Everyone is concerned about inflation.
But this might be the greater market threat.
That would be deflation.
Yes, falling prices could be the greater threat.
I’m not alone in my sentiment. Cathie Wood, Elon Musk, and Jeffrey Gundlach (the bond king) have expressed similar concerns.
Wood sees innovative technology as increasing productivity to put downward pressure on prices. She notes that prices have already fallen in many core commodities.
Wood is on to something.
Gold peaked two years ago. The gold price has trended mostly lower. Lumber, copper, iron ore, and oil have all dropped double digits from their highs.
As for Musk and Gundlach, they see the Federal Reserve overshooting the mark on interest rates by hiking rates too high in its zeal to quell inflation.
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Gundlach is particularly concerned about the Fed’s impatience. The Fed, Gundlach thinks, hasn’t given the previous rate hikes sufficient time to see the impact on the economy.
The yield curve is another worry.
The Fed’s interest rate hikes have flattened and inverted the yield curve.
This is a big deal.
When the yield on the three-month Treasury bill rises above the yield on the 10-year Treasury note, a recession usually follows.
As I write today, the six-month, two-year, and five-year Treasury securities all yield more than the 10-year Treasury note. The three-month bill isn’t quite there, but it’s close enough.
If inflation gives way to deflation (and a recession), the Fed will respond by loosening monetary policy. It will start to loosen by reducing interest rates.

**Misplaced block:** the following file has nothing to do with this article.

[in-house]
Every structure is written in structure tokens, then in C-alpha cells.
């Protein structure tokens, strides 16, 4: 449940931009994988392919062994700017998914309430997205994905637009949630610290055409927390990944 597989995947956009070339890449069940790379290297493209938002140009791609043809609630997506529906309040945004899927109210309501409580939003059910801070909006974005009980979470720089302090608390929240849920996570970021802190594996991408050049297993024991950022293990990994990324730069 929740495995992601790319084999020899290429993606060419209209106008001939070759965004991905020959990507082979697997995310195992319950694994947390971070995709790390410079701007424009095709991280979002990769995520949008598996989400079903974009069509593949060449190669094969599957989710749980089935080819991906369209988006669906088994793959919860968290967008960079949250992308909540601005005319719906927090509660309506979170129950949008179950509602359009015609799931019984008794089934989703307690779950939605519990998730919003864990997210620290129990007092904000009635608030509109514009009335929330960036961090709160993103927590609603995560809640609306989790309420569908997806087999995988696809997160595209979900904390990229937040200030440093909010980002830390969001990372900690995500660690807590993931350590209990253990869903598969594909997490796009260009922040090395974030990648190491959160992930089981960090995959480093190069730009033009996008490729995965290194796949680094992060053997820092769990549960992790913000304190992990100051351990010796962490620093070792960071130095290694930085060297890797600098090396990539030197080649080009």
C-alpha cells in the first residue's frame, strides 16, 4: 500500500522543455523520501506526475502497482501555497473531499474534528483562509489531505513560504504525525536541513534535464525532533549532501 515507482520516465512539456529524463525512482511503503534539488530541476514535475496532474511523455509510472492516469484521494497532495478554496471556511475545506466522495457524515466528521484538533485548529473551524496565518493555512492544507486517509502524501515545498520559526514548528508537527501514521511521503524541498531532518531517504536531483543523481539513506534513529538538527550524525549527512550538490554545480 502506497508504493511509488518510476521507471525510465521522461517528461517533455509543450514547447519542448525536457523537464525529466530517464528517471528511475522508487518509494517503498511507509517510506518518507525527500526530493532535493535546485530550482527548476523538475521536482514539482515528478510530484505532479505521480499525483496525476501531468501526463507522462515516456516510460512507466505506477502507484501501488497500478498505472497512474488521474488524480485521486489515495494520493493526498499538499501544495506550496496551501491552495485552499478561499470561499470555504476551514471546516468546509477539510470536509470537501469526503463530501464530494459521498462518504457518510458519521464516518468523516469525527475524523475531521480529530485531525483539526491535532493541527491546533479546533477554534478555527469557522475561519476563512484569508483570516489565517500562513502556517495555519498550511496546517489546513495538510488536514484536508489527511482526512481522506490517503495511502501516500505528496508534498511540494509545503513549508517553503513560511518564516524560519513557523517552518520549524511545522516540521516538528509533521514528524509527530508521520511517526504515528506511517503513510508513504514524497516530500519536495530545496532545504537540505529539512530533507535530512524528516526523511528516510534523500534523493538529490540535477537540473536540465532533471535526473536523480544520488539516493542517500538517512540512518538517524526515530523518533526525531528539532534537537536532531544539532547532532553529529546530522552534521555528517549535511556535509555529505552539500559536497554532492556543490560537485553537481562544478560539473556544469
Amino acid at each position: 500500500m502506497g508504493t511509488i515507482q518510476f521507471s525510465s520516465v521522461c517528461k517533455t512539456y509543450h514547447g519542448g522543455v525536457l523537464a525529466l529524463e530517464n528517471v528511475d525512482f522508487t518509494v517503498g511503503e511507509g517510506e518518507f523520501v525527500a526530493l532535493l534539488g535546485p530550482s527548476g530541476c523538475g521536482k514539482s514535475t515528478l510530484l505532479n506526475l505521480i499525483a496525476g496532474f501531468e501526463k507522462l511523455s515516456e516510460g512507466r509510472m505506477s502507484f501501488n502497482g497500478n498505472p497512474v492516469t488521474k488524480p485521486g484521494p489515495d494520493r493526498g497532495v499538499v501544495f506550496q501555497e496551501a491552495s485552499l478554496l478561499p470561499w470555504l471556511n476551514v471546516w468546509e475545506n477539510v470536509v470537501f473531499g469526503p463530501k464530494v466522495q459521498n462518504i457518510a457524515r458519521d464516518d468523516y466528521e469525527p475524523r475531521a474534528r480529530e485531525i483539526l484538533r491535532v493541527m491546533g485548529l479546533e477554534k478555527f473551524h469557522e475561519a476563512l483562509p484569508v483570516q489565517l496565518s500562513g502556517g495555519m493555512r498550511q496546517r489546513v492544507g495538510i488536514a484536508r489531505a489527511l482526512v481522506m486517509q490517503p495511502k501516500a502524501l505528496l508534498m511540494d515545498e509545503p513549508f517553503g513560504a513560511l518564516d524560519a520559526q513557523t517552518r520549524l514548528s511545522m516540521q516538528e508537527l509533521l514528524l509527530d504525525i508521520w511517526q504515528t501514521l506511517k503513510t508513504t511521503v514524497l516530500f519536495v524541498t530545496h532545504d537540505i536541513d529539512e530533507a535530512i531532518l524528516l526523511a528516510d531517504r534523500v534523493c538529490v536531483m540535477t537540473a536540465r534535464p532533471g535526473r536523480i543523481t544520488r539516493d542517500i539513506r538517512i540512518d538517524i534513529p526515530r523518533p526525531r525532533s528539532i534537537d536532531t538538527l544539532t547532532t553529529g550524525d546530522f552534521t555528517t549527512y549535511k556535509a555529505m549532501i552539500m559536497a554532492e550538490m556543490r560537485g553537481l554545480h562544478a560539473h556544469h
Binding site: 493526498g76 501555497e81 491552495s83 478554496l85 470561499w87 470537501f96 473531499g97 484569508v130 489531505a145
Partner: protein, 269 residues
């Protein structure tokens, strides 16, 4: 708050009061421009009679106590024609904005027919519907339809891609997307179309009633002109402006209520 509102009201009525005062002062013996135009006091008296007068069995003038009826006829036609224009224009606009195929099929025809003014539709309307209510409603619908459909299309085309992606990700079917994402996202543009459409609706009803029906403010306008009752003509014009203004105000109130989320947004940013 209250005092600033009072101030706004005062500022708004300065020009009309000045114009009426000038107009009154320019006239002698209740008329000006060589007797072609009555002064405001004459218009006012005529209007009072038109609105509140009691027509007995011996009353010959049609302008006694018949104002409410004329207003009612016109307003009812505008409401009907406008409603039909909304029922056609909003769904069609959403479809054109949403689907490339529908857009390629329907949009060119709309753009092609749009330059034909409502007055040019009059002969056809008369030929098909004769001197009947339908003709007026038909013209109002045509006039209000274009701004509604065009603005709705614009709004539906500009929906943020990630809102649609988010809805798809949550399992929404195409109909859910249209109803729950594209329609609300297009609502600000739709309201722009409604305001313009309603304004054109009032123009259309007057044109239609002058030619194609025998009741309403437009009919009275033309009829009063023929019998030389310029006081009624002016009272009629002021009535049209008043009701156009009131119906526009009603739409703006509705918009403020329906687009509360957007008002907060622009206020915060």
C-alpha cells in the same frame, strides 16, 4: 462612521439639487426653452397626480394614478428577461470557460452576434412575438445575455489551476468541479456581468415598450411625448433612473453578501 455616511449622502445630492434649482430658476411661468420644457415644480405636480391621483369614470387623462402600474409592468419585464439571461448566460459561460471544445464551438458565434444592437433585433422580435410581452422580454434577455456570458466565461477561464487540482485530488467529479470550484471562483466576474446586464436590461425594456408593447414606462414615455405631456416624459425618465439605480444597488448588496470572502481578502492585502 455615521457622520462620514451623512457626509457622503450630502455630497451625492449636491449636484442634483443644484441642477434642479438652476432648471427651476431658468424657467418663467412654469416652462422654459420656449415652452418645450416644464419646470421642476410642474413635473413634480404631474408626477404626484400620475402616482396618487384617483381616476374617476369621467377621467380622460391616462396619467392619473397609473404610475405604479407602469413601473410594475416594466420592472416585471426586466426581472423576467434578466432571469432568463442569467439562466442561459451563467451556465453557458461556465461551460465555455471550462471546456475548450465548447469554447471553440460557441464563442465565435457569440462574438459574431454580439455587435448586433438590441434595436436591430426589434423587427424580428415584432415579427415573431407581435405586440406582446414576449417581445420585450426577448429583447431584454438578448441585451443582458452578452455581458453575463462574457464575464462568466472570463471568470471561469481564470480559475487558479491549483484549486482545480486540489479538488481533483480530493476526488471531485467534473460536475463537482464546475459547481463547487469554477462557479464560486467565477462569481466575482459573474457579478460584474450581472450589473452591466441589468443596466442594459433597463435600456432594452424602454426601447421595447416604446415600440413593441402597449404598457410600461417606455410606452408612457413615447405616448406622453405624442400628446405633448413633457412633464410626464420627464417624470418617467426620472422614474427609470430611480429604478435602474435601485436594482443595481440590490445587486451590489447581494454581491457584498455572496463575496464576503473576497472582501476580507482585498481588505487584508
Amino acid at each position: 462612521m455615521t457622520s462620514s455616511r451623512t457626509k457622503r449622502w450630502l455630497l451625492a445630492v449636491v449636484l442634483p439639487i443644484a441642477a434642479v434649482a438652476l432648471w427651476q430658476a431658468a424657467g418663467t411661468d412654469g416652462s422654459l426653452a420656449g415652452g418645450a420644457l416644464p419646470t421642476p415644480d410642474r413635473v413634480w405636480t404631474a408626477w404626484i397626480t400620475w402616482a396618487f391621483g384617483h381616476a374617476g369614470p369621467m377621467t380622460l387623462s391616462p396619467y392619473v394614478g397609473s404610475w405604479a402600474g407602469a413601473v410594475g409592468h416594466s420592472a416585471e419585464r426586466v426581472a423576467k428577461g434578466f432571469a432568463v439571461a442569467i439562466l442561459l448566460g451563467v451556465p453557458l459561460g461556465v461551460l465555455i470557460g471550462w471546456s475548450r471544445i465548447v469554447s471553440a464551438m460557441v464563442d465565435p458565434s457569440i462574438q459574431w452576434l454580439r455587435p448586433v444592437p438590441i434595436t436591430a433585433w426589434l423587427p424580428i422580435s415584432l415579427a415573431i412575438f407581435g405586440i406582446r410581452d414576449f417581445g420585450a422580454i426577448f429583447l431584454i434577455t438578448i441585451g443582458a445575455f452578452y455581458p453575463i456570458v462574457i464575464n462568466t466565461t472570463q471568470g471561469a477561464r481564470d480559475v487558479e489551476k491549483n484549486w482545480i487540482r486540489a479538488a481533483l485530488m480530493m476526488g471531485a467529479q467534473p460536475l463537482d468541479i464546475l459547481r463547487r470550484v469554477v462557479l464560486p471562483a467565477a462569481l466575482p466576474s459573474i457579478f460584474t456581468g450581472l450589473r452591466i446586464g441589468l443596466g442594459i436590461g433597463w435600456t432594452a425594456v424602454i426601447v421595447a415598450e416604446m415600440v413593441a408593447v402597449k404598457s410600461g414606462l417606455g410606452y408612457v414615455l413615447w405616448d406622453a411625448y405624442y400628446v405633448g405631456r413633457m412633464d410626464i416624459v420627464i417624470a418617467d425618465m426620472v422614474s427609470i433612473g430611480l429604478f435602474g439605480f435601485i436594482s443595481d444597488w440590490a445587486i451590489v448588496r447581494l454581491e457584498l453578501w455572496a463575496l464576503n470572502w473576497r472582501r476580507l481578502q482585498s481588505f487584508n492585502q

Indeed, some market watchers see it that way, with the Fed starting to reduce rates as early as the first quarter of 2023.
The prospect of lower interest rates creates an opportunity in an asset class few of us have considered over the past decade – U.S. Treasury bonds.
Gundlach, for one, sees long-term U.S. Treasury bonds as a worthwhile investment opportunity.
When the Federal Reserve reduces interest rates, bond prices rise. What’s more, the longer the maturity of the bond, the greater the rise.
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I offer an example.
The 30-year U.S. Treasury bond has a 3.0% coupon rate (what the bond pays in interest). The market yield is close to 3.5%. Because the market yield is higher than the coupon rate, the bond is priced below par ($1,000), around $908.
Let’s assume investors begin to anticipate Fed interest rate cuts. They will bid the bond price higher. Let’s assume the buying drops the market yield to 3.25%.
Should that occur, the bond price would rise to $952 – a 4.9% gain.
The more buying, the higher the price, the lower the yield.
If buying drops the market yield to 3.0%, the bond price rises to par ($1,000) – a 10.1% gain.
If the buying drops the market yield to 2.75%, the bond price rises to $1,050 – a 15.6% gain.
The gains might appear unspectacular, but we need to remember that these are the safest investments on earth. Default risk is practically zero. (You also get the 3% coupon payment.)
If you’re interested in getting a jump on the Fed, you can buy U.S. Treasury securities through most on-line brokerage accounts. There’s a little more to it than buying stocks or other exchange-traded securities. You might consider contacting your broker first if you are new to bond investing.
Or you might consider an exchanged-traded fund.
The Vanguard Extended Duration Treasury Index Fund (NYSEArca: EDV) and the Vanguard Long-Term Treasury Index Fund (NASDAQ: VGLT) are two of the cheapest long-term Treasury funds on the market.